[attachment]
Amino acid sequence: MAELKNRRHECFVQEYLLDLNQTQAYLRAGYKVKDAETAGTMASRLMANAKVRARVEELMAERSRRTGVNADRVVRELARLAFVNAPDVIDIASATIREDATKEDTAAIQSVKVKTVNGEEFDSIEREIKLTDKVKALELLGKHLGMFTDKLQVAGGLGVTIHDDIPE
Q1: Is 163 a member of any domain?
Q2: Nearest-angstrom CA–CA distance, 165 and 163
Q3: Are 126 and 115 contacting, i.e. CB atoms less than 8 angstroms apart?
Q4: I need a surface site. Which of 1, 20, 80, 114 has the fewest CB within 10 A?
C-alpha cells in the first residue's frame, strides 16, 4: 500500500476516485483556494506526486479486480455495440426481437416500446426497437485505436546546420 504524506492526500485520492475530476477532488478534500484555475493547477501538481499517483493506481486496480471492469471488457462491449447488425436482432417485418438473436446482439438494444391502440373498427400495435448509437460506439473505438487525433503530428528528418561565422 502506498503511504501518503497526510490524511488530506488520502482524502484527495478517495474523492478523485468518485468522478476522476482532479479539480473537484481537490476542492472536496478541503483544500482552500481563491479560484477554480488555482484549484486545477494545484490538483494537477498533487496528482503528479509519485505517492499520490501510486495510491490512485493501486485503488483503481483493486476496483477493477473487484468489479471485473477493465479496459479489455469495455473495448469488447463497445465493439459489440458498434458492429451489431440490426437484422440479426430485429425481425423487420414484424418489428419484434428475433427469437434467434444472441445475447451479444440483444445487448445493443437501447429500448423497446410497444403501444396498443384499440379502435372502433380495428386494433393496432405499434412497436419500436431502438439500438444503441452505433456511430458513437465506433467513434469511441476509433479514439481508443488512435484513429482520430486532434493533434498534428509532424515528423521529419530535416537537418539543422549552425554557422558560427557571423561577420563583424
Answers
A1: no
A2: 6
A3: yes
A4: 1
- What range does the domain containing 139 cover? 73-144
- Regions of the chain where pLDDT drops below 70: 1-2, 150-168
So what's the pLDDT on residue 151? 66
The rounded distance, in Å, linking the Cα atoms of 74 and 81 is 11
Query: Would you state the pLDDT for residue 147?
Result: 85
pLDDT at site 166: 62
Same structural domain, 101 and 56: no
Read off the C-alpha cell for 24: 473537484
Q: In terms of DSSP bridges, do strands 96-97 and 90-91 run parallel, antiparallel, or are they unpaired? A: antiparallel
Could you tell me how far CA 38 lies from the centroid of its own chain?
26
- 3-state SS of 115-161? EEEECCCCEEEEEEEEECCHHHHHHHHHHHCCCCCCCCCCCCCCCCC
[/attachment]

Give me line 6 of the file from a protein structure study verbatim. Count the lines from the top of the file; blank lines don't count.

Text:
C-alpha cells in the first residue's frame, strides 16, 4: 500500500476516485483556494506526486479486480455495440426481437416500446426497437485505436546546420 504524506492526500485520492475530476477532488478534500484555475493547477501538481499517483493506481486496480471492469471488457462491449447488425436482432417485418438473436446482439438494444391502440373498427400495435448509437460506439473505438487525433503530428528528418561565422 502506498503511504501518503497526510490524511488530506488520502482524502484527495478517495474523492478523485468518485468522478476522476482532479479539480473537484481537490476542492472536496478541503483544500482552500481563491479560484477554480488555482484549484486545477494545484490538483494537477498533487496528482503528479509519485505517492499520490501510486495510491490512485493501486485503488483503481483493486476496483477493477473487484468489479471485473477493465479496459479489455469495455473495448469488447463497445465493439459489440458498434458492429451489431440490426437484422440479426430485429425481425423487420414484424418489428419484434428475433427469437434467434444472441445475447451479444440483444445487448445493443437501447429500448423497446410497444403501444396498443384499440379502435372502433380495428386494433393496432405499434412497436419500436431502438439500438444503441452505433456511430458513437465506433467513434469511441476509433479514439481508443488512435484513429482520430486532434493533434498534428509532424515528423521529419530535416537537418539543422549552425554557422558560427557571423561577420563583424